#14   Report Post  
Arny Krueger
 
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"Richard Crowley" wrote in message

"Arny Krueger" wrote in message
...
"Mike Rivers" wrote in message
news:znr1122330509k@trad

I don't see anything mechanical on the M-Audio with the

possible
exception of the buttons on the side. That means the
gain

is digitally
controlled, and I'll bet it's not a digitally controlled

analog
attenuator.


I'm hoping that you'll lose that bet, Mike.

I seem to recall that about six months ago TI announced a
new low-power-supply-voltage (+/-5) high-performance mic
preamp chip with a built-in digitally-controlled analog
attenuator. Seems like the time might be right for that
part to start showing up all over the place.

Yup, here it is:

http://focus.ti.com/docs/prod/folder...t/pga2500.html


Seems like wishful thinking to imagine that small portable
unit uses a mic preamp chip like the 2500. Would that it
were so.


Time will tell.

Doug Oade in his "tapers" online forum....


"Sadly this thing uses a digital level control that
probably cannot be bypassed or improved. Fine for MP3
users or ENG but not so great for tapers
or audiophiles. Think JB3/MD analog input sound quality.
Still, the promise
of this thing is as a non resampling 24 bit storage
device for the Grace V3,
Apogee MiniMe or MOD UA5. Until we see Microphone Preamps
with A/D converters that include CF slots, something like
this unit is our best hope
for low cost storage.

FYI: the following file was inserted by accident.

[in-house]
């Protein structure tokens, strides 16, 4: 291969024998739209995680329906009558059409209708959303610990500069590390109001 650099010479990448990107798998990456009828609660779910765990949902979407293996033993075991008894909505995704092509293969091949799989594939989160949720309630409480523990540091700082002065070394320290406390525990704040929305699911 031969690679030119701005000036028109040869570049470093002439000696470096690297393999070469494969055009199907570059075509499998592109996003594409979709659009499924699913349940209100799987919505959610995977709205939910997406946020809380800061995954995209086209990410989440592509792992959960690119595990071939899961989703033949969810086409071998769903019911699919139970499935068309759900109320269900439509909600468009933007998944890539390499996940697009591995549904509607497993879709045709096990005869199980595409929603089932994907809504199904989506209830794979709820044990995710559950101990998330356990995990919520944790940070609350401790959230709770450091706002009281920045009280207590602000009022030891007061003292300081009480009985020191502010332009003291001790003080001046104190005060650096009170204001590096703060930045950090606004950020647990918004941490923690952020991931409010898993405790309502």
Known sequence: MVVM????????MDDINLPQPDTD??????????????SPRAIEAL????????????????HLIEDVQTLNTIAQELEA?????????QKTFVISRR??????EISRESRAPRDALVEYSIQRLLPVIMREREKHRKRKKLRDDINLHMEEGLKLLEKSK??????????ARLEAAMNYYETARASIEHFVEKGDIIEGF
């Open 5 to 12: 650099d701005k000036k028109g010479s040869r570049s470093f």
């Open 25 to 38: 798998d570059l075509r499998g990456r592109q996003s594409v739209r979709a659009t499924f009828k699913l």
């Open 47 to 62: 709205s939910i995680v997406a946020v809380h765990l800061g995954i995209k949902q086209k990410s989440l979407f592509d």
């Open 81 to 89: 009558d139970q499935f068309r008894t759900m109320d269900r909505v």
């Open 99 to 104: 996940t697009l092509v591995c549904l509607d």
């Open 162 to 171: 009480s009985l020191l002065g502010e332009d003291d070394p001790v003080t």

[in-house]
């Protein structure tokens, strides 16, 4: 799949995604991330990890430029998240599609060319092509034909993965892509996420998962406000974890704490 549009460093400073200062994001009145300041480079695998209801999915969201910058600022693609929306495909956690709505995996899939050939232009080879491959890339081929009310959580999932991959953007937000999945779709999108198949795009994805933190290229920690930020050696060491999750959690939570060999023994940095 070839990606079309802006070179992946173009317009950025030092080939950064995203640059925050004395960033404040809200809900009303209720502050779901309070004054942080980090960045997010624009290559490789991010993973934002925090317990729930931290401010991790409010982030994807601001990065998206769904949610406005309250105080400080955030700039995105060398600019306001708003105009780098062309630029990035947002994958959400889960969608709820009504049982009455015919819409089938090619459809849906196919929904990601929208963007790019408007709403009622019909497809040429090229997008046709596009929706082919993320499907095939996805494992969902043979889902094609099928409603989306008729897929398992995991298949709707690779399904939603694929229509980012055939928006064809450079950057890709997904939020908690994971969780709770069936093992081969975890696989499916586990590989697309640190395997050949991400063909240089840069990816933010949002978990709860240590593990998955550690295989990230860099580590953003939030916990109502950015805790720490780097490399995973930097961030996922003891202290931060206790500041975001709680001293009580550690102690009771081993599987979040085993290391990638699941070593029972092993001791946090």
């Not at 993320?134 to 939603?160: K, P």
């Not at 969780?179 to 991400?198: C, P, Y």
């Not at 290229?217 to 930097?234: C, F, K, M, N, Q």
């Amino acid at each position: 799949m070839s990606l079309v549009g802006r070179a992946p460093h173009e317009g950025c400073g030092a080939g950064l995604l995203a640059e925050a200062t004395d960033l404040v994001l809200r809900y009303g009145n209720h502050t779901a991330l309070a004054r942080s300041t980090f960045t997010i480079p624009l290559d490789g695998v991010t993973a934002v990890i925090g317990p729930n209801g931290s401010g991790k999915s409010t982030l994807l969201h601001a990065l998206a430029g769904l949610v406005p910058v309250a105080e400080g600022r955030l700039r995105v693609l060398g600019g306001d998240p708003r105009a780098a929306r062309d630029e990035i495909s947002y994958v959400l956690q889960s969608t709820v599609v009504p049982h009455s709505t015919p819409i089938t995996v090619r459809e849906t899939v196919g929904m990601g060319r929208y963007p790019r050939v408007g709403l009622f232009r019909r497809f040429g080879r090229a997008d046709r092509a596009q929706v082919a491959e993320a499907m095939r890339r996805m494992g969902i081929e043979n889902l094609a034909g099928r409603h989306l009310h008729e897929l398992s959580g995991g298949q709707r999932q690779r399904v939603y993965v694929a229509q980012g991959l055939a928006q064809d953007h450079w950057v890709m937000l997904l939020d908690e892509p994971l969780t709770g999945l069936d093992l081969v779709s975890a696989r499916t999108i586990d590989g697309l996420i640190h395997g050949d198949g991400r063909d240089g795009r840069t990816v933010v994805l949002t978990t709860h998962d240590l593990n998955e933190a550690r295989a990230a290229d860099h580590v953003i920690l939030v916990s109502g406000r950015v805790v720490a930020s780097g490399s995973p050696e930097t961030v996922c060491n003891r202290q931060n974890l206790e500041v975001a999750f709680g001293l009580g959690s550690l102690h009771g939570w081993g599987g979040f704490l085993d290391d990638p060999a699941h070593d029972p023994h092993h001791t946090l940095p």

Let us all hope they managed to include a good quality 24
bit S/PDIF input..Doug"


http://www.oade.com/Tapers_Section/F..._id=3088&page=


I think that Doug knows as much factual information about
the Microtrack as anybody else who has read the M-Audio
press release. ;-)


  #15   Report Post  
Justin Ulysses Morse
 
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Mike Rivers wrote:

For me, a just barely big enough flash card would be enough to record
over a whole weekend, perhaps 20 to 30 hours.

I haven't used $1,000-$1,500 worth of media on a weekend recording gig
since the 2" tape days. Sure, you can re-use it, but it would take a
week on-and-off to transfer all those cards to another medium.



I imagine you'd do fine with 2 or 3 of these 4G cards (maybe 8-12 hrs
at 44.1/24), and do an upload to your laptop back at the hotel each
night. You don't have to sit there and watch the upload take place.
Then you burn CDR or DVD-R backups of thes files, and delete them from
the CF cards.

And you don't "use $1000 worth of media on a weekend." The media is
reusable, so consider it equipment, not media. The media is the DVD-R
which costs $0.30 apiece and you use three of them for the weekend.

Even if this recorder sells "street" for the $500 MSRP, and you need
four $250 4G CF cards, you've still got yourself a high-resolution
digital recorder that fits in your shirt pocket for $1500. That's
amazingly cheap.

Is there a good AD converter that'll fit in the other pocket?

ulysses


  #18   Report Post  
Mike Rivers
 
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In article 1122352738.0d1d4016a81af2dddf505e9f9f317dbe@teran ews writes: